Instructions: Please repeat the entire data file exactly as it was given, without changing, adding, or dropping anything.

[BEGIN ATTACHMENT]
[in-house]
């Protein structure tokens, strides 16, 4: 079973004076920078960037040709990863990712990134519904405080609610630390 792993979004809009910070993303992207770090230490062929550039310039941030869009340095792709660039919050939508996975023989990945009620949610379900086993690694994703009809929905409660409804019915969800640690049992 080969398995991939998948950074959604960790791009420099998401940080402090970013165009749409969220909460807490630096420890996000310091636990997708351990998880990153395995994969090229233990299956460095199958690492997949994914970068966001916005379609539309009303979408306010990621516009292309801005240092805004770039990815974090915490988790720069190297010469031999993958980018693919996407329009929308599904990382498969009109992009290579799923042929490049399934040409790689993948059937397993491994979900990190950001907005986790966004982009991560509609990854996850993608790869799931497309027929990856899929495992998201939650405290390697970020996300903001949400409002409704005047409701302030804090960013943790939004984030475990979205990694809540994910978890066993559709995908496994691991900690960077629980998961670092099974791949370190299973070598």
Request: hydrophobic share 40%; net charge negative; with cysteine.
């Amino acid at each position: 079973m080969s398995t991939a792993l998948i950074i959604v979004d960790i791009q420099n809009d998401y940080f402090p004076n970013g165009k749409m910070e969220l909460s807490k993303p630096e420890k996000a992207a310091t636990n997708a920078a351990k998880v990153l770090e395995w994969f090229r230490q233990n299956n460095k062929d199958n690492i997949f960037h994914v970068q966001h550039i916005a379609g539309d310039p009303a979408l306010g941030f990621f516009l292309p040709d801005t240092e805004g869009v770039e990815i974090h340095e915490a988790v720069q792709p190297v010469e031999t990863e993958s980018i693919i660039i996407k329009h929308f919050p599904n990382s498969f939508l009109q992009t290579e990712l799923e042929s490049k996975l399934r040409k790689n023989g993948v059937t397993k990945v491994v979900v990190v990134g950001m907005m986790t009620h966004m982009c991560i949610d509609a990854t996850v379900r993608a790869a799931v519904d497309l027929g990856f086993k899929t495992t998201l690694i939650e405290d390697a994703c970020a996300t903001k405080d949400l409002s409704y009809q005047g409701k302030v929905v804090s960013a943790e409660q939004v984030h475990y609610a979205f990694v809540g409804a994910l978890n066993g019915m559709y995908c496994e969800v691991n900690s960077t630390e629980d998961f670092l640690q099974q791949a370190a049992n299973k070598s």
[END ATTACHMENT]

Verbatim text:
[in-house]
């Protein structure tokens, strides 16, 4: 079973004076920078960037040709990863990712990134519904405080609610630390 792993979004809009910070993303992207770090230490062929550039310039941030869009340095792709660039919050939508996975023989990945009620949610379900086993690694994703009809929905409660409804019915969800640690049992 080969398995991939998948950074959604960790791009420099998401940080402090970013165009749409969220909460807490630096420890996000310091636990997708351990998880990153395995994969090229233990299956460095199958690492997949994914970068966001916005379609539309009303979408306010990621516009292309801005240092805004770039990815974090915490988790720069190297010469031999993958980018693919996407329009929308599904990382498969009109992009290579799923042929490049399934040409790689993948059937397993491994979900990190950001907005986790966004982009991560509609990854996850993608790869799931497309027929990856899929495992998201939650405290390697970020996300903001949400409002409704005047409701302030804090960013943790939004984030475990979205990694809540994910978890066993559709995908496994691991900690960077629980998961670092099974791949370190299973070598």
Request: hydrophobic share 40%; net charge negative; with cysteine.
């Amino acid at each position: 079973m080969s398995t991939a792993l998948i950074i959604v979004d960790i791009q420099n809009d998401y940080f402090p004076n970013g165009k749409m910070e969220l909460s807490k993303p630096e420890k996000a992207a310091t636990n997708a920078a351990k998880v990153l770090e395995w994969f090229r230490q233990n299956n460095k062929d199958n690492i997949f960037h994914v970068q966001h550039i916005a379609g539309d310039p009303a979408l306010g941030f990621f516009l292309p040709d801005t240092e805004g869009v770039e990815i974090h340095e915490a988790v720069q792709p190297v010469e031999t990863e993958s980018i693919i660039i996407k329009h929308f919050p599904n990382s498969f939508l009109q992009t290579e990712l799923e042929s490049k996975l399934r040409k790689n023989g993948v059937t397993k990945v491994v979900v990190v990134g950001m907005m986790t009620h966004m982009c991560i949610d509609a990854t996850v379900r993608a790869a799931v519904d497309l027929g990856f086993k899929t495992t998201l690694i939650e405290d390697a994703c970020a996300t903001k405080d949400l409002s409704y009809q005047g409701k302030v929905v804090s960013a943790e409660q939004v984030h475990y609610a979205f990694v809540g409804a994910l978890n066993g019915m559709y995908c496994e969800v691991n900690s960077t630390e629980d998961f670092l640690q099974q791949a370190a049992n299973k070598s």